Articles tagged "Strategy Management"
Now that you’ve finally hired the additional project team members needed, and you’ve checked, checked, and triple checked your strategic initiative’s plan and deliverables, it’s time to start your project, right? Wrong.
The COVID pandemic has changed not only how and where we work, it’s also changed our priorities and perspectives. What used to be a typical day at the office, has become an extended day of jumping between working remotely, home schooling our kids, serving as on-site technical support for our kids and as remote support for our parents, all while monitoring the status of our grocery delivery to ensure the doorbell doesn’t announce its arrival during a virtual client meeting. What used to be a typical day at the office, has become an extended day of jumping between working remotely, home schooling our kids, serving as on-site technical support for our kids and as remote support for our parents, all while monitoring the status of our grocery delivery to ensure the doorbell doesn’t announce its arrival during a virtual client meeting. We are now finding that what used to matter has changed. What we used to have under control, we don’t. What we used to know as givens, are not. And, what used to be typical 3 to 5 to 10+ year strategic planning, has become 12 to 18+ month strategic planning.
Leaders, do you know why it is important that your employees know how YOU fit into the overall strategic plan?
Too often, we leaders fail to clarify for our employees how OUR actions tie into and align with the overall strategic plan. To employees, our actions tend to have, what I call, ‘The Moth Effect.’ Have you ever tried to catch a moth that’s flitting around a light bulb? There’s absolutely no pattern to its flight path as it bobs and weaves all over the place trying to get to the light. For me, catching it becomes a true and tiring challenge—ultimately, I just want to let it go.
When we, as leaders, project The Moth Effect, our employees and team members see us as unfocused, scattered, and out of control. They see no strategy management, no pattern to our actions and no connection to the overall organizational goals. As they chase after us, trying in vain to follow our ‘lead’ and support our latest priority, they tire. Not surprisingly, through sheer frustration, they ‘let us go.’ They detach from us; they detach from their jobs; and, they detach from the organization. That’s the ultimate in leadership failure. You are not a leader if no one wants to stay connected with you and follow you.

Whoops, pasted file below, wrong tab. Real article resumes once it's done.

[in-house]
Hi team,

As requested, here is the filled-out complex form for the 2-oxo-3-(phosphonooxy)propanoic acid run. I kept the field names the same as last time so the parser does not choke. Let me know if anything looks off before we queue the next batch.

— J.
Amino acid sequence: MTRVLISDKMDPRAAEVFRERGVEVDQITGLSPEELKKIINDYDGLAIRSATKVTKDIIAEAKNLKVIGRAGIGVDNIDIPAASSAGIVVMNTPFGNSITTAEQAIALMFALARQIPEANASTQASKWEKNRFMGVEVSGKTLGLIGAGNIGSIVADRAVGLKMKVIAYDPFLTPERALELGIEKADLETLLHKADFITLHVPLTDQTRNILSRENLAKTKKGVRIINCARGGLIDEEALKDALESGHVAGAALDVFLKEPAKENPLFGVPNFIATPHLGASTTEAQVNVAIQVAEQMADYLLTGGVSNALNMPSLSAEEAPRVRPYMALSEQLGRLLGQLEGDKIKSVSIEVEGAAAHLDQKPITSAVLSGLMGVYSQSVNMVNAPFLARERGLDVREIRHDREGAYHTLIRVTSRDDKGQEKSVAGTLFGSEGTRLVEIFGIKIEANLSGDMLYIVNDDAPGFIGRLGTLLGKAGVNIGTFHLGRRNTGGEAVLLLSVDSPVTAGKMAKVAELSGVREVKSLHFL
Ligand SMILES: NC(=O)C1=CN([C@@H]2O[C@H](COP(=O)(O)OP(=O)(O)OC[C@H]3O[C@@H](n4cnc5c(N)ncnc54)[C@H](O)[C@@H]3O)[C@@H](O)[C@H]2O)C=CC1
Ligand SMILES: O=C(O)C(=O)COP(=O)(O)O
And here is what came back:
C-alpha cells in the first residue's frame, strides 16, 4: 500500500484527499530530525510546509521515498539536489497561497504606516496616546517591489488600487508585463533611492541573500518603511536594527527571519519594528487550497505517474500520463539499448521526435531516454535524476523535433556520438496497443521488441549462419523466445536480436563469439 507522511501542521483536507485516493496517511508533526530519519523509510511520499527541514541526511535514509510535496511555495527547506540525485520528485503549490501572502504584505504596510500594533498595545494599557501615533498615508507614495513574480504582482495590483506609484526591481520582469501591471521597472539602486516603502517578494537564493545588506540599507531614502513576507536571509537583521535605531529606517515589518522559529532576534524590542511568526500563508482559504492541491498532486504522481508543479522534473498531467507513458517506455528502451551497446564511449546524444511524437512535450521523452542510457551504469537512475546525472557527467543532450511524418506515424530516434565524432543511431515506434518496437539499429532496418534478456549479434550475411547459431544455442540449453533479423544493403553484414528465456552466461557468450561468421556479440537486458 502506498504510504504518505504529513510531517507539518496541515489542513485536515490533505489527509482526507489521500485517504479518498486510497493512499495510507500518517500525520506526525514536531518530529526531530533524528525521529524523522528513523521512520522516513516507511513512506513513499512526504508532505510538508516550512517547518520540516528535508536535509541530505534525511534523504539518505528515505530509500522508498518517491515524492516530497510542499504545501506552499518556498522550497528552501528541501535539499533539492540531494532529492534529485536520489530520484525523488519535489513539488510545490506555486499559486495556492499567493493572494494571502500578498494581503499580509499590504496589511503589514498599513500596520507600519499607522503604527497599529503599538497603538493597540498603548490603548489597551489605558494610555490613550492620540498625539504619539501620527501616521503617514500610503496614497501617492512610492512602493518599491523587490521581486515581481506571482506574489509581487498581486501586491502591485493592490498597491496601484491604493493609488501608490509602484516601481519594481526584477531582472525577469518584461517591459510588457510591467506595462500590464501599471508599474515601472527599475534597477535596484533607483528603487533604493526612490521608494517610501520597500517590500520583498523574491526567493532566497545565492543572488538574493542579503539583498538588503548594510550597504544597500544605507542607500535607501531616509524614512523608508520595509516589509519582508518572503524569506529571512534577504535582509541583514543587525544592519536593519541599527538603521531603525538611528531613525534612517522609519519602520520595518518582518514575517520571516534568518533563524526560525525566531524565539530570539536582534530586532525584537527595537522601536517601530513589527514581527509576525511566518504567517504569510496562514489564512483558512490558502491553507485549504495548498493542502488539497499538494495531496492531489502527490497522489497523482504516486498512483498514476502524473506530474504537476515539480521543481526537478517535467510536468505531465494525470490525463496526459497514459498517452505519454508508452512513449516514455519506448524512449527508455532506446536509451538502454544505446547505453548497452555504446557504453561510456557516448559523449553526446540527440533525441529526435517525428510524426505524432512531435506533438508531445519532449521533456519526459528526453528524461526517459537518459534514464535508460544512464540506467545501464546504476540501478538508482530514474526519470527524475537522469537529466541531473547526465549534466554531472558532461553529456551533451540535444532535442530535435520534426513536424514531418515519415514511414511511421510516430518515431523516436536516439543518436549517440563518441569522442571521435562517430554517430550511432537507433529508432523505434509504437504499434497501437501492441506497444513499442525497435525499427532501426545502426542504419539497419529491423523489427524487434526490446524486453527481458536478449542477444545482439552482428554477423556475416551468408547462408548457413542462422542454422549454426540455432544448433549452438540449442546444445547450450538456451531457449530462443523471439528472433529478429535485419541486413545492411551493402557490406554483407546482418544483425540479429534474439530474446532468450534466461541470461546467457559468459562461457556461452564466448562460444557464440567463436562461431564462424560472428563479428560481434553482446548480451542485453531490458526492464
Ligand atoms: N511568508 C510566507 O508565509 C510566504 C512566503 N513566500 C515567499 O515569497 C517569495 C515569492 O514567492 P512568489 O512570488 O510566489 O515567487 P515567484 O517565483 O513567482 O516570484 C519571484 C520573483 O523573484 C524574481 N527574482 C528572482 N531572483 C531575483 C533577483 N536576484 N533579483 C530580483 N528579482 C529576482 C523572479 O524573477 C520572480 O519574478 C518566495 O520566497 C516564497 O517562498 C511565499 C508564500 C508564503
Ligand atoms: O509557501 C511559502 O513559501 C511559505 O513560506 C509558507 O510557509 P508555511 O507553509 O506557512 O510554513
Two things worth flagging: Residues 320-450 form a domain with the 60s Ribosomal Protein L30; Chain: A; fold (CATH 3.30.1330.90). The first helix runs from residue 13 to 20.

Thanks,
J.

So how do we as the leader keep them engaged, attached, and connected? We need to ensure that the employees know the strategic plan of the whole organization and their department. They need to be clear about their individual part in the plan and what OUR part as the leader will be. Further, when we show employees how we follow the plan, it sets a solid example to them as to the value of strategic planning.
Clarity and alignment in our role, as well as theirs, is vital. Letting employees know what our responsibilities are and then fulfilling them also lets them know that we are willing to be held personally accountable for our position’s responsibilities. We’ll be held accountable just as we hold them accountable to fulfill their positions’ part of the plan. And fewer chaotic and misaligned actions mean fewer chances for confusion, lost productivity, and disconnected employees.
Avoid the moth effect. Let your employees know what you’re doing to help the organization succeed. Act as one of the team by clarifying your role and helping the team stay connected. Hold yourself to the strategic plan. Hold yourself accountable. Hold yourself up as a leader.
Copyright MMIII – Liz Weber, CMC, CSP – Weber Business Services, LLC – www.WBSLLC.com +1.717.597.8890
Liz supports clients with strategic and succession planning, as well as leadership training and executive coaching.